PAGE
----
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From the Los Angeles Times

L.A. County beaches rank high in contamination

Testing by the Natural Resources Defense Council shows Avalon on Santa Catalina Island and Santa Monica Pier area had high levels of bacteria.
By Susannah Rosenblatt
Los Angeles Times Staff Writer

July 29, 2008

For the fifth year in a row, Los Angeles County is home to the dirtiest beaches in the state, with repeat offenders Avalon on Santa Catalina Island and Santa Monica among those with the highest levels of fecal bacteria in ocean water, according to a Natural Resources Defense Council report to be released today.

"The problem's not going away," said Michelle Mehta, an attorney with the nonprofit organization's water program.

Also among the top 10 foulest shores were Doheny State Beach south of Dana Point Harbor, Ocean Beach at Vicente Street in San Francisco, Cabrillo Beach in San Pedro and Rincon Beach Creek mouth in Ventura County.

Coastlines in Laguna Beach, at Bolsa Chica State Beach and Huntington City Beach were singled out as particularly clean.

Samples were taken from nearly three-quarters of California's public beaches from April through October 2007. Monitors collected most samples from ankle-deep water at least once a week at sites near storm drains or other contamination sources. Across California, these contained unhealthful levels of enterococcus, total coliform and fecal coliform bacteria -- found in human and animal waste -- 7% of the time, down from 12% the previous year.

Bathers in tainted water can contract gastroenteritis, ear infections, skin rashes or other symptoms, Mehta said. Dirty water can flow into the sea from storm drains and sewage systems, especially in rainstorms.

In Los Angeles County last year, the number of days in which beaches were closed or had safety advisories posted was down 18% from the previous year.

While the declines sound encouraging, Mehta cautioned that conditions might actually be getting worse. Because the amount of rainfall last season was much less than the previous year, experts had expected beach conditions to improve more dramatically.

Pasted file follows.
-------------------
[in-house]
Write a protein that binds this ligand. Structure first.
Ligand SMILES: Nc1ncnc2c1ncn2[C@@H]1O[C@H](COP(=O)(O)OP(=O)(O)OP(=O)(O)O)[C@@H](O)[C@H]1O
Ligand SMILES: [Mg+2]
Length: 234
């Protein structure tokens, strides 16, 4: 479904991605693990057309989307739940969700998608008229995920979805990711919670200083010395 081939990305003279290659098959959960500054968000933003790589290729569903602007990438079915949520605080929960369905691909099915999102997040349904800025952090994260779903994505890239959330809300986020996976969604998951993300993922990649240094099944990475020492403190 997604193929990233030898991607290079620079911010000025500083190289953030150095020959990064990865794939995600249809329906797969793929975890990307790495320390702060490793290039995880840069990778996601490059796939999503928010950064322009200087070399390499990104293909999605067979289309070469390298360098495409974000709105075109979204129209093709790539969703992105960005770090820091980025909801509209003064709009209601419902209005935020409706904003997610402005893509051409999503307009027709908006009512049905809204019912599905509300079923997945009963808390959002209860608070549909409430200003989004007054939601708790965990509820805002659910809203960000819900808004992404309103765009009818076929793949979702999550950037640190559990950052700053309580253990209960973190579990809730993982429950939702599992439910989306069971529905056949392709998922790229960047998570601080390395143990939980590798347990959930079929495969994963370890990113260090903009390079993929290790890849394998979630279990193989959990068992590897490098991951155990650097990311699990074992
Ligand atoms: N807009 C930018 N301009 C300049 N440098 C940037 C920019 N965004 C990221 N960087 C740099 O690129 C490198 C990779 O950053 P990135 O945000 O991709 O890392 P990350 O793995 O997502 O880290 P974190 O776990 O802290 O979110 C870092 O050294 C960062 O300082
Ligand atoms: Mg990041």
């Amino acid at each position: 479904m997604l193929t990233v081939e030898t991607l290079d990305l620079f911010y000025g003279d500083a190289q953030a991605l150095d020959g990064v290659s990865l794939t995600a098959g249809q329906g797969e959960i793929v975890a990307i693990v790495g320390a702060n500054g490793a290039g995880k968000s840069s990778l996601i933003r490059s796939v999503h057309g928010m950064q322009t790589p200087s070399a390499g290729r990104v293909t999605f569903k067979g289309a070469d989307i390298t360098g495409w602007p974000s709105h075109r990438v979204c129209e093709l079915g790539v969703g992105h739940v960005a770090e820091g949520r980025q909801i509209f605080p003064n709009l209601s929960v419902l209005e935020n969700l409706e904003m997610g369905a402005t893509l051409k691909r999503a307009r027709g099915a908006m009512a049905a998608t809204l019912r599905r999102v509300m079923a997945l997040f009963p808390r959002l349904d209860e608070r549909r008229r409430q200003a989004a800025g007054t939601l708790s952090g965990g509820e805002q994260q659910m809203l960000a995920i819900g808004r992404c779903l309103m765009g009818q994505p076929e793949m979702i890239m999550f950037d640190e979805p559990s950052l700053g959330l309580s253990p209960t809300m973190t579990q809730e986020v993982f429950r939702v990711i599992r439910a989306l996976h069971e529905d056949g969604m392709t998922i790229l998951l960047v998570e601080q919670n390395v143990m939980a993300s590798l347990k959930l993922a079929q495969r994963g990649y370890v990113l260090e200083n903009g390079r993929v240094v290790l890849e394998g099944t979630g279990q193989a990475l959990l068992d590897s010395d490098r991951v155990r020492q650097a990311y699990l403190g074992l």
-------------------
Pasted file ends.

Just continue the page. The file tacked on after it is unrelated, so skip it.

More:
State water board officials, however, pointed to water quality improvements, particularly in dry weather when the beaches and surf are the most crowded. For instance, the state has spent more than $74 million on beach cleanup efforts, such as diverting urban runoff into treatment plants.

The biggest challenge is fighting diffuse pollution sources, such as people dumping contaminants down storm drains, said Leslie Laudon, a State Water Resources Control Board manager. Individuals can take steps to protect beach water by turning off sprinklers and picking up dog droppings.

Beach warning and closure days in Orange County increased 5% since 2006; closures and warnings dropped significantly in Santa Barbara, San Diego and Ventura counties.

"There's been a huge effort by . . . the county and cities to try and divert or treat urban runoff," said Larry Honeybourne, an environmental health program manager with the Orange County Health Care Agency. "Things are slowly getting better -- we still have challenges out there."

Honeybourne cited a wastewater treatment plant at Salt Creek in Dana Point, with another treatment project underway at Poche Beach near San Clemente. The report also highlighted a federal settlement approved this year to reduce toxic runoff from 1,000 miles of Los Angeles and Ventura county highways with sand traps, catch basins and absorbent pavement.

Authors of the report called for quicker water test results. It can take as long as 48 hours after collecting water samples before swimmers and surfers are notified that beaches could be unsafe. The state water board has spent about $3 million to study methods to more quickly test fouled water in Avalon and at Doheny State Beach.

susannah.rosenblatt@

latimes.com



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